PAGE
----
As I’ve learned more about what people recognize as “fine art,” I’ve come to realize that there are inherent problems in using 3D printing for the direct production of art. I’m not talking about philosophical questions, like whether “real art” should have hand-built elements to it. In this post I’ll discuss more a more technical question: scale vs economics.
In Mathematics, scale is rarely part of the definition of an object. The Mathematical definition of “cube,” for example, makes no mention of how tall it is. However, there is a very real visceral difference in our experience of a physical cube when it is one inch tall, versus when it is ten feet tall. A lot of artwork plays on this. As my friend, Clare Graham would say, larger objects have a certain “gravitas.” An inflatable bunny that’s 10″ tall probably won’t be considered art. These HUGE bunnies by Amanda Parer are.
Scale is one of the biggest obstacles to producing art by 3D Printing. Home printers top out at about 12″ in capacity, and won’t have the quality to make anything recognized as fine art. These days you’ll hear news articles about giant cement-extruding printers making houses, but someone like me doesn’t have access to that technology. There’s a company called Materialize that has a “Mammoth Stereolithography” machine, but they charge so much to use it that only the highest end artists and designers like Janne Kyttanen can charge enough for their artwork to justify this technology.
The best solution I’ve been able to come up with to the scale problem is to create triangulated modular designs. I decided to try this to create a large version the seashell model I wrote about in this post.
The larger version I ended up making is about 5.5 feet long. It consists of 153 sticks and 59 nodes. Each stick is a different length and each node is unique. I wrote a grasshopper script to model each node and emboss numbers on them near each “socket,” so I knew which stick went into which node/socket.
I then printed out a spreadsheet with all of the stick lengths, and hand-cut clear PVC pipes to those lengths with my chop-saw. As I cut them I wrote their number on each end with a marker that I could later wipe off. Then it was a matter of matching up the end of a stick with a particular number with the socket that had the same number, and gluing them together.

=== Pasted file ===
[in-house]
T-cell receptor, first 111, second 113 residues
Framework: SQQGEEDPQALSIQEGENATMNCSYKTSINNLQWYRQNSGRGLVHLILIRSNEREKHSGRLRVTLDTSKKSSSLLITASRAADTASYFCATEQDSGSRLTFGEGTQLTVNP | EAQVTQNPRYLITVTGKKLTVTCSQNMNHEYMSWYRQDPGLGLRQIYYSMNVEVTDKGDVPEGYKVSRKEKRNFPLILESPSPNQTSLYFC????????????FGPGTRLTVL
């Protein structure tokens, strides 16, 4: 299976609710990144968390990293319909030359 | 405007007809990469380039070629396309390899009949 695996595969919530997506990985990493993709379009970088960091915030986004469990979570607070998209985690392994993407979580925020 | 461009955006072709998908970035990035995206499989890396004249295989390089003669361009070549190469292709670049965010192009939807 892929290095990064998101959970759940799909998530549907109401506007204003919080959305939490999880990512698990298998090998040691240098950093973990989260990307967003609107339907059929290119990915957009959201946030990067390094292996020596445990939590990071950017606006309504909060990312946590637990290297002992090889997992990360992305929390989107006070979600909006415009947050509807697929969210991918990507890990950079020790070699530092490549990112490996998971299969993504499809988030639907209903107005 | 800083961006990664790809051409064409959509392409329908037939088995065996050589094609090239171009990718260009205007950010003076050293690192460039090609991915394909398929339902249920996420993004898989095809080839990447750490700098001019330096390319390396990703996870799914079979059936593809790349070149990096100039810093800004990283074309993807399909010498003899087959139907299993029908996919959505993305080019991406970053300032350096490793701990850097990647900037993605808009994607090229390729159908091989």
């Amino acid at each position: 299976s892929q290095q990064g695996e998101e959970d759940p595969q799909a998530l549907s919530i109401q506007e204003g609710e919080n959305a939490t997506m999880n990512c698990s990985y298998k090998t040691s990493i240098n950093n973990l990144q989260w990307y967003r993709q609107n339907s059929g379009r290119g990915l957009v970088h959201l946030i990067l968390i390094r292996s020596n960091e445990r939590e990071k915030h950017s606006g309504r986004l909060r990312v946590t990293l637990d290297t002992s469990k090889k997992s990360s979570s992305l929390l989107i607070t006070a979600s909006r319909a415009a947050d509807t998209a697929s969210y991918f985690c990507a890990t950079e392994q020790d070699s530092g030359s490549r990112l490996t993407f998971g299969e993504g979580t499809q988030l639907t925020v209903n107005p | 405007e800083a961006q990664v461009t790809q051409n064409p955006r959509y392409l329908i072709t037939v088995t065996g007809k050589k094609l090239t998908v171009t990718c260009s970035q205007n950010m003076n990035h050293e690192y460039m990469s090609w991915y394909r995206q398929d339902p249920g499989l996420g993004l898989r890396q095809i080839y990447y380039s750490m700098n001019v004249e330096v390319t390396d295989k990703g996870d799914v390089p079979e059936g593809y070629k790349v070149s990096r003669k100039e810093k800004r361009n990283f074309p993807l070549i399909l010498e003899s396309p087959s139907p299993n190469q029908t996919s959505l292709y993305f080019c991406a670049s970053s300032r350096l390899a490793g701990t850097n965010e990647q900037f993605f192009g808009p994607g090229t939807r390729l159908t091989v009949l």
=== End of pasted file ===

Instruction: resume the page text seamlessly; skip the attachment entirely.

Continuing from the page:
It took a few weeks of 3D printing nodes to get through all of them, a week for cutting and labeling PVC sticks, and another week or two to assemble and glue. Here’s the final piece.
It came out ok, but not really “fine art” quality. I would have had to use more permanent materials than ABS plastic and PVC. The goal of the project was really to see if I could leverage the power of 3D-Printing and still make something of a decent size. I didn’t want to spend much, since I had no idea if any of it was going to work. I believe I spent less than $100 on materials.
I’m not sure this is a viable solution to the fine-art vs scale vs 3D-printing problem. If I were to really try to sell this as a piece of artwork I would have Shapeways print each node in steel and use some kind of metal tubing for the sticks. All connections would have to be welded or soldered instead of glued. Shapeways would charge me an average of $50 to print each steel node, so the printing cost alone could be as much as $3K. That much metal tubing could also be pricey, depending on its quality. And then there’s the fact that I’d either have to learn how to weld, or hire someone to do it for me. (I’m fine with soldering, but it might not be strong enough.) In a high-end gallery such a sculpture might sell for $10K, but as much as half that would go to the gallery. You can see that the numbers start to look dicey very fast.
If anyone reading this has any thoughts on the scale vs 3D-printing problem, please share in the comments!